http://onlinelibrary.wiley.com/doi/10.1111/j.1365-2265.2011.04124.x/abstract;jsessionid=CC58CF32990A60593028F4173902EC47.f03t03?deniedAccessCustomisedMessage&userIsAuthenticated=false

http://press.endocrine.org/doi/abs/10.1210/jc.2013-1470

http://press.endocrine.org/doi/abs/10.1210/jc.2012-2893

 

Written by Dr. Karen Thames of  Empowering People with Invisible Chronic Illness – The EPIC Foundation

2 thoughts on “⁉️ Myth: After a “cure” for Cushing’s, everyone heals and goes back to normal.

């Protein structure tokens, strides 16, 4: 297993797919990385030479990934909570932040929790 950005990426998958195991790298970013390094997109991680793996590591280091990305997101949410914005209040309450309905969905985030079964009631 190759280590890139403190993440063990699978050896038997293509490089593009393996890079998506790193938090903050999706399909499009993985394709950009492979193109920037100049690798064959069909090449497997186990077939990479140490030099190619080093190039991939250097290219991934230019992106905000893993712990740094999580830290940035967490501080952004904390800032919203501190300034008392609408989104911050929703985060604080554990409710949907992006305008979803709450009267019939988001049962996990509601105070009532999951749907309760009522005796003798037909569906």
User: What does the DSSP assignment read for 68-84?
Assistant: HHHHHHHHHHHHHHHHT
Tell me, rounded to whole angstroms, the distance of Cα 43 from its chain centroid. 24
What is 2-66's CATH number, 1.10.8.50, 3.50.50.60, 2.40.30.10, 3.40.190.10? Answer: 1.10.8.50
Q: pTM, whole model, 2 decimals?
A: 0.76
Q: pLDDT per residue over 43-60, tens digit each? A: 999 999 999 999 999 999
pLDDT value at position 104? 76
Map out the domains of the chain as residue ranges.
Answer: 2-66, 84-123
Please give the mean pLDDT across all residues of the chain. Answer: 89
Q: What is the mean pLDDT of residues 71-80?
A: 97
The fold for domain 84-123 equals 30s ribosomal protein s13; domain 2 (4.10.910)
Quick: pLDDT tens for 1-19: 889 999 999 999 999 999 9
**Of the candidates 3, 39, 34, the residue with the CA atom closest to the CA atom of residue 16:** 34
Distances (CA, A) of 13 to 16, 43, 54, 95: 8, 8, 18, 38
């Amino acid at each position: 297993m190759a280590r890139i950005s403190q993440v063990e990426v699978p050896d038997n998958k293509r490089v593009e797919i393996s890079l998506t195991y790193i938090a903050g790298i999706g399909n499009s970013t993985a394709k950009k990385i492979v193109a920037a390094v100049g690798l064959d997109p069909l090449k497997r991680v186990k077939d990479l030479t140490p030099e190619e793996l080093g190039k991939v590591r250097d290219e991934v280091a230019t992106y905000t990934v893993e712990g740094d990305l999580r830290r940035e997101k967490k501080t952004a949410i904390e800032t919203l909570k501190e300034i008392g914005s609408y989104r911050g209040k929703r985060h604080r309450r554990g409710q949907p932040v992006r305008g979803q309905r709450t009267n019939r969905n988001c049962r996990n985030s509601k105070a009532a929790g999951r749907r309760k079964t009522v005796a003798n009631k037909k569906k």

1. Hi my name is Shagufta and I have had Cushings Disease for over 16 years ..Post surgery and still suffering since surgery in 2004/2005.. I was diagnosed in 2004 after suffering and running back and forth to the doctors for over 10 years .. I think my symptoms started in 1990 when I had an early menopause at 24 years old.. I had benign tumour in the Pitituary gland .. Had Pitituary surgery 3 times 2004/2005 before it was successful.. After surgery had traumatic time went into severe depression then diagnosed with high blood pressure and oesoarhiritis.. Severe headaches and mood swings .. Still suffering then had reaccurrance in 2008.. Wasn’t willing to go for surgery again as had a traumatic experience before.. Then had gamma knife radiation in 2008 .. Still suffering with symptoms.. This year symptoms are severe again with headaches and severe weight gain around stomach.. Severe pain in legs and body can’t have normal life .. Doctors said not come back but why am I still suffering.. Need desperately help as feel like not living.. What am I supposed to do